Before you have a transplant, you may want to find out where they're having the best results and a lot more. The place to go is the U.S. Registry of Transplant Recipients at www.ustransplant.org. Here you can find national transplant statistics as well as annual reports that address waiting lists, immunosuppressive drugs, survival of the organs, survival of the patients, and a lot more.
Another valuable site for more information on kidney and pancreas transplantation is the National Diabetes Information Clearinghouse at diabetes. niddk.nih.gov. You should be able to find answers to all your questions at this site. But if not, I recommend heading to one more Web site: the National Kidney Foundation at www.kidney.org.
The National Kidney Foundation's site has a search box to help you locate information quickly and easily. (When I entered "kidney transplantation," it came back with 2,800 articles on the topic!)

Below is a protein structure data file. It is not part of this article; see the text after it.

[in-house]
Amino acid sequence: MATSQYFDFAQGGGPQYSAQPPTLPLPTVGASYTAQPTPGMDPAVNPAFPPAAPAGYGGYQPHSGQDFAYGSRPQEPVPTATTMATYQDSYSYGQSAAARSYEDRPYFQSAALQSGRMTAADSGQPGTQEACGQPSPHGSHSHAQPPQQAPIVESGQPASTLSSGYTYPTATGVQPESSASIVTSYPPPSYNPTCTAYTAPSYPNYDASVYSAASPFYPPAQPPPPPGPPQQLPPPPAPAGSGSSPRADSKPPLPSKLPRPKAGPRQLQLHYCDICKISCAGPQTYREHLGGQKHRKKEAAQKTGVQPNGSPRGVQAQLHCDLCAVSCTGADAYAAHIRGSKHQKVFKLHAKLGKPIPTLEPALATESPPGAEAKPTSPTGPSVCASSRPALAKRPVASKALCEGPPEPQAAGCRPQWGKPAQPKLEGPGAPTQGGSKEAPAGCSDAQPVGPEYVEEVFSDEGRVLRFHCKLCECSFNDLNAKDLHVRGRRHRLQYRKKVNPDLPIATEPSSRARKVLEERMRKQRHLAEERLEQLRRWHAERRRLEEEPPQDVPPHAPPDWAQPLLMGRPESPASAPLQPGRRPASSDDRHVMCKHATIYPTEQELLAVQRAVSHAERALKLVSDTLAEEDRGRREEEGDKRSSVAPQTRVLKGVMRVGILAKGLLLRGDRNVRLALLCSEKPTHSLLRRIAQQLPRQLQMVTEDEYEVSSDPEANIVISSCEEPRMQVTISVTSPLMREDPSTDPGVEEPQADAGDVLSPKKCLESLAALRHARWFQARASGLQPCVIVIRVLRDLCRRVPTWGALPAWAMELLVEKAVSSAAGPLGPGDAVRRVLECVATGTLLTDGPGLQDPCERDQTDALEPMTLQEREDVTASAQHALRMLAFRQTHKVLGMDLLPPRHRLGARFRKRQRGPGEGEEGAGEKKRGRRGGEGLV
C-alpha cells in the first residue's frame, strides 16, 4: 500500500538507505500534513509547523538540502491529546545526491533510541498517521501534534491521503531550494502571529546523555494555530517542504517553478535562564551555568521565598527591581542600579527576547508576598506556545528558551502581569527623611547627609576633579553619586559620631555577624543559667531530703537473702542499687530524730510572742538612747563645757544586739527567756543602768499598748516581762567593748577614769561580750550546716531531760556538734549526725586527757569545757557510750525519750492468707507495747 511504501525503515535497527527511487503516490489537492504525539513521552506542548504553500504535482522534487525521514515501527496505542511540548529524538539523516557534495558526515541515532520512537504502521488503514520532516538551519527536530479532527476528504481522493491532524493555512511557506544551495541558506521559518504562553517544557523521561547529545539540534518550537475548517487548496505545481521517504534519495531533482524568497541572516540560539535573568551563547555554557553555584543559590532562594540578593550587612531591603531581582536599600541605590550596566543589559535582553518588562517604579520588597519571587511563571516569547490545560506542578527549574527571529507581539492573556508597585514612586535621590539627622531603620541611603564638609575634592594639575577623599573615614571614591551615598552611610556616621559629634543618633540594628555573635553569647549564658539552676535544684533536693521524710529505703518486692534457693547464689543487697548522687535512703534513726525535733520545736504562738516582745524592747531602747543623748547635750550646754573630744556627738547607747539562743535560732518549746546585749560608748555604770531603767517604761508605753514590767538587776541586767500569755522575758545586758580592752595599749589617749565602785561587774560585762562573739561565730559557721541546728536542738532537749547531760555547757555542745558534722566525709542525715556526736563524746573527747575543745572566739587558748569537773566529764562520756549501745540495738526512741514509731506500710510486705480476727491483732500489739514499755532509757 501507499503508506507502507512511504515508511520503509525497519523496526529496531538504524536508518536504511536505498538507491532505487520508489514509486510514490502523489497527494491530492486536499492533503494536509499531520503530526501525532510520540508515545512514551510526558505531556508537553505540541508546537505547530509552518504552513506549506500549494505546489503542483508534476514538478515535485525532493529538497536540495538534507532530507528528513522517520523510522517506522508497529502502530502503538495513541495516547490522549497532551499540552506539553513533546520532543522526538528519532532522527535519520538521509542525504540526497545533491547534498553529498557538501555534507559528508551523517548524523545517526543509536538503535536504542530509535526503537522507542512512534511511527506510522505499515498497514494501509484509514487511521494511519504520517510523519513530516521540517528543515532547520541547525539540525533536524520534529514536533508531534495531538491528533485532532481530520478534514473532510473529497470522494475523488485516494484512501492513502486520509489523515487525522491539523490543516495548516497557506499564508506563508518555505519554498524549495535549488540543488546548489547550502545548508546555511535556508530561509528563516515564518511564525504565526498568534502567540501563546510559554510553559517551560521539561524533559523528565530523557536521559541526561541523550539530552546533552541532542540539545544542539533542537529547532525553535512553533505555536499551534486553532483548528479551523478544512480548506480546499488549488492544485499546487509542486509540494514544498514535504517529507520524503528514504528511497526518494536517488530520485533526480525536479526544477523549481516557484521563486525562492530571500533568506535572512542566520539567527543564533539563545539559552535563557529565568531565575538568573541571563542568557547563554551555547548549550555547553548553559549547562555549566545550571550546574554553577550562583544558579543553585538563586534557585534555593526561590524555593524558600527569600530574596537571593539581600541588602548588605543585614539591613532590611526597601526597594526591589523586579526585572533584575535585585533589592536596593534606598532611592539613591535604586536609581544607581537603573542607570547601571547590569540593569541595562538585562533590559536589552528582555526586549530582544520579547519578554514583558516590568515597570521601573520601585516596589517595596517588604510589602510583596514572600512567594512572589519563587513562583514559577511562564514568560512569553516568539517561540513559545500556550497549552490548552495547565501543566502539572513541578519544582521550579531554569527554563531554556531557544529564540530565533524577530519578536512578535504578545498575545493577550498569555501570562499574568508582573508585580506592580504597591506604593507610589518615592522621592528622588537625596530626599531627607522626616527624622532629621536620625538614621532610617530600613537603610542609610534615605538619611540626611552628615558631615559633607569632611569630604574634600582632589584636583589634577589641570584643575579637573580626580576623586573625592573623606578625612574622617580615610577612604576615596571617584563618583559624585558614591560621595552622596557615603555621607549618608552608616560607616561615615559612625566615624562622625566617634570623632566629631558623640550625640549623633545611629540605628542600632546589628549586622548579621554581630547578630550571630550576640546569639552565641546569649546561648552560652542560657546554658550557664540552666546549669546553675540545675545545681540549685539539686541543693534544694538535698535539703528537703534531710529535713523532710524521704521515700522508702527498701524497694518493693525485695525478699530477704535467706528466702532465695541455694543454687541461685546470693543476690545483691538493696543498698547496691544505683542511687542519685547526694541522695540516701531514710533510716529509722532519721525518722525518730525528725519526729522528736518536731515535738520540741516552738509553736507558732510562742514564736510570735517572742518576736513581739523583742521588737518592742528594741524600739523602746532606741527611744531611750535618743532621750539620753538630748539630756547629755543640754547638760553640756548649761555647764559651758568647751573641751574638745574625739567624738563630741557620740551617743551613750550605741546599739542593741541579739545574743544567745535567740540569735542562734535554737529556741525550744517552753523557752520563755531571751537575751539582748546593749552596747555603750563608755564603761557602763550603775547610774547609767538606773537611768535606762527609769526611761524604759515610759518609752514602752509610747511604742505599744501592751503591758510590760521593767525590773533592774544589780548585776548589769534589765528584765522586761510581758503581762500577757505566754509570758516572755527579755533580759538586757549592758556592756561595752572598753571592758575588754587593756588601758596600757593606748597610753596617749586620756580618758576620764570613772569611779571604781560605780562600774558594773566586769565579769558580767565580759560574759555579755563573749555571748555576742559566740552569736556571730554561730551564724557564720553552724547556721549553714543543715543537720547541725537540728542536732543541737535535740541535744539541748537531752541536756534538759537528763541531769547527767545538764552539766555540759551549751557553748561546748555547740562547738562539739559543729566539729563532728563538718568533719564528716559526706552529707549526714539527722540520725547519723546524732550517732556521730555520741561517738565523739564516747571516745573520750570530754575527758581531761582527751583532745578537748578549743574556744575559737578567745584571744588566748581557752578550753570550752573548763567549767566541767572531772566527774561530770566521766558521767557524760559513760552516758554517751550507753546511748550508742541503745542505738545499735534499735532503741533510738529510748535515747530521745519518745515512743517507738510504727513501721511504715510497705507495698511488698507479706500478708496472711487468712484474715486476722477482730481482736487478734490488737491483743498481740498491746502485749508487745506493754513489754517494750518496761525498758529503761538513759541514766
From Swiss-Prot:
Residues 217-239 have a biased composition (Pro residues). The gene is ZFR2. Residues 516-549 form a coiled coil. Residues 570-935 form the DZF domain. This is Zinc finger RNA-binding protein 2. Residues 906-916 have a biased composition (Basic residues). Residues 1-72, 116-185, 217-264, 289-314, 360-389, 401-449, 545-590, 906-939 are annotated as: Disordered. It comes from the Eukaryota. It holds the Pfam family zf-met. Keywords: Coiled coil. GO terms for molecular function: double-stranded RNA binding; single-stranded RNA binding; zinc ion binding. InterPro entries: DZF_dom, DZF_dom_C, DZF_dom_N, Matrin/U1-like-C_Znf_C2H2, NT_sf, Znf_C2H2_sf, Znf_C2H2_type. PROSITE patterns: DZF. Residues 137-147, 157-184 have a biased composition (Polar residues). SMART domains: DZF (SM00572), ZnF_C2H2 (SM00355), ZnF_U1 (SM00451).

These three sites will keep you busy until you're notified that your kidney and/or pancreas is ready and waiting for you so that you can begin your new life free from injections and free from dialysis.
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Diabetes is a disease that affects the way your body uses food. Normally, your body converts sugars, starches and other foods into a form of sugar called glucose. Your body uses glucose for fuel. The cells receive the glucose through the bloodstream. They then use insulin a hormone made by the pancreas to absorb the glucose, convert it into energy, and either use it or store it for later use. Learn more...